Sustainability is at the heart of education
This year, Earth Overshoot Day fell on 28 July. The day represents the calculated date on which we exhausted natural resources for the year. It provides another reminder of the greatest challenge of our time: the environmental crisis. As with many other societal problems, the key to the solution to the environmental crisis lies with education.
Finland had its national overshoot day much earlier than the rest of the world, on 31 March. In addition to the global strain we cause, biodiversity loss is also threatening our own living environment. One in nine animal species and around half of habitat types in Finland are endangered. When we add climate change to the wretched environmental crisis, it becomes clear that the actions of the richest people and societies have resulted in our planet entering a new geological era: the Anthropocene. Humanity is currently the dominant force changing, shaping and destroying the environment on Earth. This power comes with a special responsibility for our own and our planet’s future.
This human activity, which is already actively causing human rights violations, an increase in the number of refugees and the sixth mass extinction, is not separate from education – on the contrary, it is a key part of it. One of the main goals of educational policy has practically always been to increase productivity and thus to make human activity more efficient. How can we get more out of one person-year, for instance? This kind of thinking has made the tremendous advancement of societies possible.
Where basic human needs have been fulfilled, though, we must consider how far and in what ways this work on increasing efficiency should be continued. We do not need more activity that causes environmental destruction, and increased productivity should not be used to enable overconsumption. The goals of educational policy clearly cannot be considered neutral. They play their own role in our sustainability crisis – in both its solution and its preservation.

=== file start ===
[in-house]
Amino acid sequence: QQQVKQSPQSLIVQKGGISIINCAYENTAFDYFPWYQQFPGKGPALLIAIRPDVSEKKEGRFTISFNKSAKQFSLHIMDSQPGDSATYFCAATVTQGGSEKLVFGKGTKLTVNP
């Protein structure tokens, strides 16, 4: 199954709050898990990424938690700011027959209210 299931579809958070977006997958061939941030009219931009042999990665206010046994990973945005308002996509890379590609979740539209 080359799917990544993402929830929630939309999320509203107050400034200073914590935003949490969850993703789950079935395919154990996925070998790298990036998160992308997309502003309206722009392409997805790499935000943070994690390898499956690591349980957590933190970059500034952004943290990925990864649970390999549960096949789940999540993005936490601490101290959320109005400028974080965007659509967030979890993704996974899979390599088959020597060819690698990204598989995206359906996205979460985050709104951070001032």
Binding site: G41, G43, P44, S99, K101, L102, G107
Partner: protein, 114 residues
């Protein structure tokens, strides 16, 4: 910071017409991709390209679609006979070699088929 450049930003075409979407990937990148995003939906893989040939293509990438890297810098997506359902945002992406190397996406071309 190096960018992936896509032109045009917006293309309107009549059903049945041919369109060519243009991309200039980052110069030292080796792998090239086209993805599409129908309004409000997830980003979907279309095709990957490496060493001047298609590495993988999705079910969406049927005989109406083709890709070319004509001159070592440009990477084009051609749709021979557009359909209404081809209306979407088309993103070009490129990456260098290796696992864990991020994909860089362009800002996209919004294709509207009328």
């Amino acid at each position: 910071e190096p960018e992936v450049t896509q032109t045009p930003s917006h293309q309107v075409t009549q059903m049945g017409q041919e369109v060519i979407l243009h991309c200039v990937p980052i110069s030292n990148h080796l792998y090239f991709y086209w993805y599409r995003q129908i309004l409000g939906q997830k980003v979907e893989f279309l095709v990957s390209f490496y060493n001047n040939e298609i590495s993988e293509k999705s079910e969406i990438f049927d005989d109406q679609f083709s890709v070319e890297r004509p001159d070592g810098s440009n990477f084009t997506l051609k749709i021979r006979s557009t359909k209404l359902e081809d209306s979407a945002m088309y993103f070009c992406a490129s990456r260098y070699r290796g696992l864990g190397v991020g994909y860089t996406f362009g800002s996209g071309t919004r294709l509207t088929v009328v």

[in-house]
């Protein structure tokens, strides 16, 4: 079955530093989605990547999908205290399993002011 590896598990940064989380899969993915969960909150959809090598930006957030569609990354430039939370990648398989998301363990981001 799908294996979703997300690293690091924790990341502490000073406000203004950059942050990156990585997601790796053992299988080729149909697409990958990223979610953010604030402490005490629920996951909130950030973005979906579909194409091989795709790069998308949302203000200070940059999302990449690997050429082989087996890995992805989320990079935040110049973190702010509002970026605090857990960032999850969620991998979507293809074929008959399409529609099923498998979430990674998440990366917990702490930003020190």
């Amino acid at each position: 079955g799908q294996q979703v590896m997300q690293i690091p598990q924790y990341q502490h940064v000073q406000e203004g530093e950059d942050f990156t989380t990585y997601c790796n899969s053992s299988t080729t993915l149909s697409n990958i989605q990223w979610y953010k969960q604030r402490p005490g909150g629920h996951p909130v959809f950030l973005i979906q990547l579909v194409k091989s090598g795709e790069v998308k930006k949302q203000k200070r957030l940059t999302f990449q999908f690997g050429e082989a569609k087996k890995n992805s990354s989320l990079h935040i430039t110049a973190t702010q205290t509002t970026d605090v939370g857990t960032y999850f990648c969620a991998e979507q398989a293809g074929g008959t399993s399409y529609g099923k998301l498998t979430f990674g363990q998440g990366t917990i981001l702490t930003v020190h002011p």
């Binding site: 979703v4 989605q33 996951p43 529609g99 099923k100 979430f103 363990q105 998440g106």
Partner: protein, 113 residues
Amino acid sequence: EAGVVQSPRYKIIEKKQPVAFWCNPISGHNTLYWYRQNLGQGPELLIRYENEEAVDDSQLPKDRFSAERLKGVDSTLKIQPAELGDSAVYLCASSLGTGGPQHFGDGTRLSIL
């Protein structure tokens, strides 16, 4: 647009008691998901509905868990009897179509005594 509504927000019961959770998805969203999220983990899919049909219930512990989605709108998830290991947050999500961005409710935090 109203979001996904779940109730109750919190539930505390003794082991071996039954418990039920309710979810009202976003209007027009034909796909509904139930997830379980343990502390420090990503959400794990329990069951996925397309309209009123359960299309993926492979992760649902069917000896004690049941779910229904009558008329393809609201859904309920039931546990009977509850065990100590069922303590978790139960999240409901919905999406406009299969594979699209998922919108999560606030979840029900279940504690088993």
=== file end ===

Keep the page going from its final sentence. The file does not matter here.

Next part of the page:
Education reproduces the world by providing learning, ideas and competence for the labour market and civil society as well as the personal lives of individuals. Building a sustainable society thus requires education to meet its needs. While the environmental crisis continues to get worse, we may consider politics to have failed in this matter. Technological solutions and innovations are a key component of the kind of life that respects the limits of the Earth’s carrying capacity, but there is a demand for understanding from all the different disciplines when trying to achieve societal change. The Ministry of Finance, for instance, needs climate and environmental economists, but there are currently not enough experts in the field. Instead of the current conspicuous consumerism, a sustainable way of life must be based primarily on immaterial experiences, and for this, we need artists and experts in the promotion of communality.
Ultimately, education is about our conception of what is known in German as Bildung. While the concept is associated with learnedness and erudition, the most important aspect of Bildung is critical awareness and understanding of the surrounding world. During the Anthropocene, this must be defined from the perspective of sustainability – after all, could we really consider a society that uses more natural resources than the planet can regenerate and drives species to extinction genuinely civilised?
One starting point for a new definition could be the concept of an ecosocial approach to education, put forward by sustainability researcher Arto O. Salonen. The concept focuses on people’s understanding of the interdependence of their rights and duties on the one hand and other people and the wellbeing of nature on the other. The limits of the planet’s carrying capacity are respected through compassion and moderation.
Sustainability can thus be seen to belong right at the heart of educational policy from several different perspectives that, each for their own part, reproduce our world time and time again. This is why we can only resolve the environmental crisis by investing in education and redefining its goals. We must all keep this in mind when building the sustainable transition of the future.
Member of the Board
educational policy, Finnish Parliamentary election, environmental affairs